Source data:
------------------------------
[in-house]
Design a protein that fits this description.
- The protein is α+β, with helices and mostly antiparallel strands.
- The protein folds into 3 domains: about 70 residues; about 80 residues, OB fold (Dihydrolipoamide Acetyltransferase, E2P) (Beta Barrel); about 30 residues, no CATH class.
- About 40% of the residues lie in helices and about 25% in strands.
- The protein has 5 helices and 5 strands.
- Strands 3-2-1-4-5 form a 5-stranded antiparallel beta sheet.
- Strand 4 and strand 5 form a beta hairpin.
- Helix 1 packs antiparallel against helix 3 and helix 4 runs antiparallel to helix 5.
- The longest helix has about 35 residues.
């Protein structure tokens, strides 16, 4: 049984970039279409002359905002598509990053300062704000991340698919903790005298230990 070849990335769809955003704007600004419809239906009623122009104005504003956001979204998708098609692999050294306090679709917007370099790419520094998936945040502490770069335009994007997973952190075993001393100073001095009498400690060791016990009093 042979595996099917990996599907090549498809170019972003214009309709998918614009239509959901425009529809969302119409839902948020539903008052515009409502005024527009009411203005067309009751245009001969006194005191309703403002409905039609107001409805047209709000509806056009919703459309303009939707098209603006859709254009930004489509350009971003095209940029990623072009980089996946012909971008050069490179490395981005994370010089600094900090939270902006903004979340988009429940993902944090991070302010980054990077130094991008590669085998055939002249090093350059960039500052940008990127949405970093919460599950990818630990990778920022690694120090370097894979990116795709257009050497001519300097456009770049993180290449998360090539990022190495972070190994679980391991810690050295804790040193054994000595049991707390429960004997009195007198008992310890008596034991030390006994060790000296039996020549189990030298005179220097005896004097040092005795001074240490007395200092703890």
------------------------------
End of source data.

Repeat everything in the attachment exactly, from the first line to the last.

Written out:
[in-house]
Design a protein that fits this description.
- The protein is α+β, with helices and mostly antiparallel strands.
- The protein folds into 3 domains: about 70 residues; about 80 residues, OB fold (Dihydrolipoamide Acetyltransferase, E2P) (Beta Barrel); about 30 residues, no CATH class.
- About 40% of the residues lie in helices and about 25% in strands.
- The protein has 5 helices and 5 strands.
- Strands 3-2-1-4-5 form a 5-stranded antiparallel beta sheet.
- Strand 4 and strand 5 form a beta hairpin.
- Helix 1 packs antiparallel against helix 3 and helix 4 runs antiparallel to helix 5.
- The longest helix has about 35 residues.
């Protein structure tokens, strides 16, 4: 049984970039279409002359905002598509990053300062704000991340698919903790005298230990 070849990335769809955003704007600004419809239906009623122009104005504003956001979204998708098609692999050294306090679709917007370099790419520094998936945040502490770069335009994007997973952190075993001393100073001095009498400690060791016990009093 042979595996099917990996599907090549498809170019972003214009309709998918614009239509959901425009529809969302119409839902948020539903008052515009409502005024527009009411203005067309009751245009001969006194005191309703403002409905039609107001409805047209709000509806056009919703459309303009939707098209603006859709254009930004489509350009971003095209940029990623072009980089996946012909971008050069490179490395981005994370010089600094900090939270902006903004979340988009429940993902944090991070302010980054990077130094991008590669085998055939002249090093350059960039500052940008990127949405970093919460599950990818630990990778920022690694120090370097894979990116795709257009050497001519300097456009770049993180290449998360090539990022190495972070190994679980391991810690050295804790040193054994000595049991707390429960004997009195007198008992310890008596034991030390006994060790000296039996020549189990030298005179220097005896004097040092005795001074240490007395200092703890």